NASA Delays Artemis I Moon Launch Again On Tropical Storm Risk
The U.S. space agency said it will decide on Sunday whether to roll the rocket and spacecraft back from the launch pad.
(Bloomberg) -- NASA is standing down from its Artemis I mission to the moon next week, as a tropical storm off the coast of South America creeps toward Florida and the agency’s launch site for the Space Launch System rocket.
The US space agency said it will decide on Sunday whether to roll the rocket and spacecraft back from the launch pad to its primary hangar, the Vehicle Assembly Building.
“During a meeting Saturday morning, teams decided to stand down on preparing for the Tuesday launch date to allow them to configure systems for rolling back the Space Launch System rocket and Orion spacecraft to the Vehicle Assembly Building,” NASA said in a blog post Saturday.
The decision to delay comes after NASA completed a key fueling test on Sept. 21 of its Space Launch System rocket, the massive vehicle that will send an uncrewed capsule around the moon. The fueling test was meant to determine if NASA had successfully fixed a leak that stymied an attempt to launch the rocket on Sept. 3.
During the test, two hydrogen leaks emerged as engineers fueled the SLS rocket, as well as other technical issues. While one of the leaks eventually abated after some troubleshooting, the second leak that cropped up later in the test would have prevented a launch if NASA had hoped to fly that day.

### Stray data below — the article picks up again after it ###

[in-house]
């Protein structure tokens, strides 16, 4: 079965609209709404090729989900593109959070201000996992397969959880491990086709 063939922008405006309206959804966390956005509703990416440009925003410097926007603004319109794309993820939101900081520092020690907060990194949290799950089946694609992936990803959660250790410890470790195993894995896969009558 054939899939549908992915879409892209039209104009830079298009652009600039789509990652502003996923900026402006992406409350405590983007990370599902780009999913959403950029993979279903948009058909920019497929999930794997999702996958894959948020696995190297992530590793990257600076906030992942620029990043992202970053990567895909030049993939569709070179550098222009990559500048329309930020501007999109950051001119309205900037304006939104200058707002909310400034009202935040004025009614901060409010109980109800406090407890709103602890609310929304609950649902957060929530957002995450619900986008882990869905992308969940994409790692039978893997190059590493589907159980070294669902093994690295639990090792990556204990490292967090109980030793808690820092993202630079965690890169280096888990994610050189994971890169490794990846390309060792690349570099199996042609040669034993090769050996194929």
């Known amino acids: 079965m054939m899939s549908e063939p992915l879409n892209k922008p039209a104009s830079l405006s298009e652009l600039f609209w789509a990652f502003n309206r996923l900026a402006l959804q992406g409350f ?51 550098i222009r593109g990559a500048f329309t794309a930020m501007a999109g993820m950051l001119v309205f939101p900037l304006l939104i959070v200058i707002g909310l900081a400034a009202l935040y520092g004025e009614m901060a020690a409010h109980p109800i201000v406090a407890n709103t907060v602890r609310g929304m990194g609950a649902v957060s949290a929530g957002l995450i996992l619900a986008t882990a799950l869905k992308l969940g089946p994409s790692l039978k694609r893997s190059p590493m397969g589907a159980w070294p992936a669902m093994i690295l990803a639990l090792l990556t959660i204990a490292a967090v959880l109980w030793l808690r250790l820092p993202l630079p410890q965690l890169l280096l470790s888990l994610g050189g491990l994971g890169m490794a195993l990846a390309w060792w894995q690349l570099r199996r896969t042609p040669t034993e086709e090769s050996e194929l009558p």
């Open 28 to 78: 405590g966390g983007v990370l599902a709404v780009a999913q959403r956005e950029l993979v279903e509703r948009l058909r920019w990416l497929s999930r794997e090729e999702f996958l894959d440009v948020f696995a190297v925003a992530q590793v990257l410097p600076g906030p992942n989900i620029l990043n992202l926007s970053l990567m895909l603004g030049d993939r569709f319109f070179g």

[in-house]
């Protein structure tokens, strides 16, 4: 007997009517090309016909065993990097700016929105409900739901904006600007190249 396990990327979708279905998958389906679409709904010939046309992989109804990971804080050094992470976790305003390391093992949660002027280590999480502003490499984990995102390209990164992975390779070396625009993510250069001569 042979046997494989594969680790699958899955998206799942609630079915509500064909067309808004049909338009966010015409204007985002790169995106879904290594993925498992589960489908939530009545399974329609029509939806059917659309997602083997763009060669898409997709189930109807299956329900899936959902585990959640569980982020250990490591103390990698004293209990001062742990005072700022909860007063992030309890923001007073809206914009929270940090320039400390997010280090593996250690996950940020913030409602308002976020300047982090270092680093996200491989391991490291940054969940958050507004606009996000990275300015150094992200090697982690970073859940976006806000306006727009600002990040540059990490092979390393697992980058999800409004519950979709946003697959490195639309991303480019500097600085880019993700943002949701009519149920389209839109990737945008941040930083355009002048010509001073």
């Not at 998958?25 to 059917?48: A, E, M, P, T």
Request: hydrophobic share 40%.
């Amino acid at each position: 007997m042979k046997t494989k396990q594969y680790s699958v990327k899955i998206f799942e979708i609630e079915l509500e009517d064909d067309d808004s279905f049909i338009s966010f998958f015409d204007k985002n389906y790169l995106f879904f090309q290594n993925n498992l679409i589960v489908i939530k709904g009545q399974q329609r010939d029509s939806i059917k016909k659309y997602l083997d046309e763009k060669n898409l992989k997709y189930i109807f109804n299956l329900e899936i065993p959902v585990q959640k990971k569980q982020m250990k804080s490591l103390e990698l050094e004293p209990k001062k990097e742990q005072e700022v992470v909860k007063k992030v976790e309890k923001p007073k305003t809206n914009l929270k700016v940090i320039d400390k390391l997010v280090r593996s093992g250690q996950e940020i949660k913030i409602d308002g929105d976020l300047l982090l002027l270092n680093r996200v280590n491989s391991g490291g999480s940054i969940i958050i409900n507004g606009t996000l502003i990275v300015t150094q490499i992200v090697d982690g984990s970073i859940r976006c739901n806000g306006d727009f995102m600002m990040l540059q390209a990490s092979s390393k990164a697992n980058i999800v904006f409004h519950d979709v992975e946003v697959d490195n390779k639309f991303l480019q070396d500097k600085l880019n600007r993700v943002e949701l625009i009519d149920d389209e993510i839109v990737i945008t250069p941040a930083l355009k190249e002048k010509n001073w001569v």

Despite the troubles, NASA was able to completely fuel the rocket, and the agency claimed that the mission team had met all of the objectives for the test.
“It was a very successful day,” John Blevins, the chief engineer for the SLS rocket at NASA, said during a press conference on Friday. “I think all the secondary objectives were met, not just the primary objectives.”
NASA had held out hope on Friday that a launch attempt was possible for Sept. 27 despite forecasts showing the newly formed Tropical Depression Nine heading toward Florida. The depression strengthened into a tropical storm late Friday.
“It’s not even a named storm,” Tom Whitmeyer, NASA’s deputy associate administrator for common exploration systems development, said during the press conference. “It’s Tropical Depression Number Nine. It’s very early in.”
The SLS rocket is designed to handle wind gusts as strong as 74 knots at the launchpad. It takes NASA roughly three days to prepare and return the SLS back to the Vehicle Assembly Building.
(Updates with NASA tweet after fourth paragraph.)
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